An Essay on Boys and Girls by Alice Munro

Prompt: Find the two occurrences of the phrase “only a girl.” Why and how does the meaning of the phrase change in each case?


In the short story Boys and Girls by Alice Munro, the phrase “only a girl” appears twice. Both times a male character is referring to the narrator and protagonist, a young girl growing up on her family’s fox farm.


The first time occurs when a feed salesman is talking to the narrator’s father, and the father makes a joke. He tells the salesman that his young daughter is his “new hired man”. The narrator becomes “red in the face with pleasure” (par. 10). She is eager to do whatever tasks her father assigns to her, and she takes pride in the work they do on the farm. Her father’s joke seems to her an acknowledgement of the seriousness of her work. She wants her father to value her just as much as he would a grown man working on the farm.


The narrator’s pleasure at her father’s words is interrupted by the salesman’s response. He says to the father, “Could of fooled me…I thought it was only a girl” (par. 11). The salesman refers to the narrator as “it”, as if she were some sort of inanimate object instead of a human being. Instead of going along with the father’s joke, the salesman immediately points out that what the father has said is untrue. The narrator is not the same as a “hired man”. She is a girl, not even a woman yet.


In the moment of the father’s joke, there is the possibility of the narrator being taken as seriously as an adult man, even though she is far from being an adult man. The salesman’s response instantly refutes that possibility. The narrator does not show us her reaction or her father’s reaction to the salesman’s words. Immediately after the salesman speaks a new paragraph begins where the story jumps forward in time. The salesman’s statement that the narrator is “only a girl” is the last word we are left with from this scene. We had the father’s joke. We had the seriousness with which the narrator heard her father’s joking words, and the way the suggestion in the father’s joke pleased her. We never know for sure whether the father actually feels there is a truth underneath his joke, whether he is proud of and values his daughter’s work. Then the salesman’s words cap the scene and replace the narrator’s pleasure. The salesman gets to have the last word, and the last word is that the narrator is “only a girl”.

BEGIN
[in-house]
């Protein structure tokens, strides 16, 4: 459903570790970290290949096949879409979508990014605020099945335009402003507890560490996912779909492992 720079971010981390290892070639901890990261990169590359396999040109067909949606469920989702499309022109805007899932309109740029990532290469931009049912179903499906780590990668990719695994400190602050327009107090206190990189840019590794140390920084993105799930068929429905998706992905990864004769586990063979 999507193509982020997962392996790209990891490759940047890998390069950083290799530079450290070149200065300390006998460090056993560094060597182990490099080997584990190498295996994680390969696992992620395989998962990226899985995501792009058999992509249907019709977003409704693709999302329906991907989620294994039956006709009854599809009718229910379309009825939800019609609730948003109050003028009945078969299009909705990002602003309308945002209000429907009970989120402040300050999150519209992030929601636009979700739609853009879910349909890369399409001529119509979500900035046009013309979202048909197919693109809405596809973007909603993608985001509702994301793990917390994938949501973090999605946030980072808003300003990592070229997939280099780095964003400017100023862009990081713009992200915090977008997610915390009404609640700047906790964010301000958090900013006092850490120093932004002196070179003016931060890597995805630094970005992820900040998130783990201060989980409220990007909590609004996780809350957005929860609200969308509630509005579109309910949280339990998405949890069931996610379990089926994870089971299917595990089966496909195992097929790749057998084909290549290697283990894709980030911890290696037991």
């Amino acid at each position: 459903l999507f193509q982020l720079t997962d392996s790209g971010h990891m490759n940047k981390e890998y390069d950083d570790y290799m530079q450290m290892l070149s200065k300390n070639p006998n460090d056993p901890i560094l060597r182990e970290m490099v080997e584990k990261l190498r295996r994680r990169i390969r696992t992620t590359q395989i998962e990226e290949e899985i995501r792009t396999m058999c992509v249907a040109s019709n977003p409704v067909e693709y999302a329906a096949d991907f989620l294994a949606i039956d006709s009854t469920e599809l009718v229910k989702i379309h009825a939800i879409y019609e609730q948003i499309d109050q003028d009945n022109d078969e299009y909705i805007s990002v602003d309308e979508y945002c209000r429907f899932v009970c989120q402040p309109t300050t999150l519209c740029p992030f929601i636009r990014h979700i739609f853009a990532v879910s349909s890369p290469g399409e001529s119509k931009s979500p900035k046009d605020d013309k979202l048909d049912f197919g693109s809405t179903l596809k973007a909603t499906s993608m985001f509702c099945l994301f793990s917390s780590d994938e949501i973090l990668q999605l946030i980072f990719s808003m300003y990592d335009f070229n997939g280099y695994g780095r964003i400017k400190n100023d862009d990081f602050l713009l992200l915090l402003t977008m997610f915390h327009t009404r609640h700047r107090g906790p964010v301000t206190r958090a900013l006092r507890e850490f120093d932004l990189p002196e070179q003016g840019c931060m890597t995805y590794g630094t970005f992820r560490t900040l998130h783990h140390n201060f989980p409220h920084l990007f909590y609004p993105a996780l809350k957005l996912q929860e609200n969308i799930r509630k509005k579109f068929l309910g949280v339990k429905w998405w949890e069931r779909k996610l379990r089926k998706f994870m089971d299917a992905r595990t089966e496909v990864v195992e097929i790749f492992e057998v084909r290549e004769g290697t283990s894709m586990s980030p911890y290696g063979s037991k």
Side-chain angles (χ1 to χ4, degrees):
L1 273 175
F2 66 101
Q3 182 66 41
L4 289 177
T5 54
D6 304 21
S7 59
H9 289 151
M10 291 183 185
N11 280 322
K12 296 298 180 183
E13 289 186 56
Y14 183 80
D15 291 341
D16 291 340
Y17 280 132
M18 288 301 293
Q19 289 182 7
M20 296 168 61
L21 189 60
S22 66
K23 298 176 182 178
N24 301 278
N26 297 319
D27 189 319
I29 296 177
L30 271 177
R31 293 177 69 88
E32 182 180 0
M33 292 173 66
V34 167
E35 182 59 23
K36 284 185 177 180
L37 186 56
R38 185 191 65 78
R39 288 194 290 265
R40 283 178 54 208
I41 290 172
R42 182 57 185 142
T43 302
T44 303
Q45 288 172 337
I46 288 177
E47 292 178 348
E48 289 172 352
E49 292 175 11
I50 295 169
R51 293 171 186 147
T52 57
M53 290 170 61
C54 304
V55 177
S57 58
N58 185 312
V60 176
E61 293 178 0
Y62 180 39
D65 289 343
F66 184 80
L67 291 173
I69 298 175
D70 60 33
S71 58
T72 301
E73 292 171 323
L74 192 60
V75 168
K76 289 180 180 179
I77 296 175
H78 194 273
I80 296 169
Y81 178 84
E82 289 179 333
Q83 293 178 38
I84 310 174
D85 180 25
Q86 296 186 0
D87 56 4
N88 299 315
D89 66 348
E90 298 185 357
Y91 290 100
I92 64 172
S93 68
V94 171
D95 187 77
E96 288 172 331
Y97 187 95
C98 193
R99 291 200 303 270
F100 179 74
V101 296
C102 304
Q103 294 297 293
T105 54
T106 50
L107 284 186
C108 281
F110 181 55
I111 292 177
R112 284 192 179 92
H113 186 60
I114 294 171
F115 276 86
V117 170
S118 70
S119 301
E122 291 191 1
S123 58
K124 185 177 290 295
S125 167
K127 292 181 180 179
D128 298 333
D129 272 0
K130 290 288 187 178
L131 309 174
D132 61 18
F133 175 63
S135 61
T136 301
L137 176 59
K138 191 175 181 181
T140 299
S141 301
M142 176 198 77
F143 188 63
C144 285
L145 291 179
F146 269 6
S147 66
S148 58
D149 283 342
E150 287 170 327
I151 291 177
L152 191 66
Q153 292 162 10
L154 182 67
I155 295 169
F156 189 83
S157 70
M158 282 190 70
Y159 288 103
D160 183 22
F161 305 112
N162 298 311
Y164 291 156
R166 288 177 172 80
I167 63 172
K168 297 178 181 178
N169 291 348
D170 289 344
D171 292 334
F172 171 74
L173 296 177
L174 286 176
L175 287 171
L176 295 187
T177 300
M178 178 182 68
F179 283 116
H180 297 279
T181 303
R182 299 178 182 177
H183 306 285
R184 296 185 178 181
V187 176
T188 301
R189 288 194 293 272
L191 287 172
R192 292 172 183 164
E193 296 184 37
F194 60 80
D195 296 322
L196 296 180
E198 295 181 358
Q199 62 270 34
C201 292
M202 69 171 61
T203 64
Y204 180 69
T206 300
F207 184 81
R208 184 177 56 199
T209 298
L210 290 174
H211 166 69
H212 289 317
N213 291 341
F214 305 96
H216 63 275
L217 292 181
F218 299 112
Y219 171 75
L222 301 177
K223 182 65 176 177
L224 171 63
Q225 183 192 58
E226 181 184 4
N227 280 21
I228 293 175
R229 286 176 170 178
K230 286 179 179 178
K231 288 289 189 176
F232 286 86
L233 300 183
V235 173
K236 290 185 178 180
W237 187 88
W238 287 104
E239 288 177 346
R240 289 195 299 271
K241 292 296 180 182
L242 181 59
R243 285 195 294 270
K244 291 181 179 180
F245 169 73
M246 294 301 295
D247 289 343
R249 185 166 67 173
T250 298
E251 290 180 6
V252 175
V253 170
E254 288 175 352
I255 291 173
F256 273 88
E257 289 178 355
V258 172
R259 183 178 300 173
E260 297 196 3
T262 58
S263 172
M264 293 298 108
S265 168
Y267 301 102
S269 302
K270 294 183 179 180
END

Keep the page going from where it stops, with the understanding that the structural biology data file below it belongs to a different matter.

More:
The second time the phrase “only a girl” appears is in paragraph 64. This time the phrase is literally almost the last word in the entire story, and they are spoken by the father. It is almost as if the father’s words reach back through the past and finally answer the salesman. He is confirming that there definitely wasn’t any seriousness under his joke. The ludicrousness of the idea of taking his daughter seriously makes the joke even funnier.


This time the father is taking to his son, the narrator’s younger brother, Laird. Laird is the only family member named in the story. We don’t even learn the narrator’s name. We only know Laird’s name and the name of Henry Bailey, her father’s actual hired man.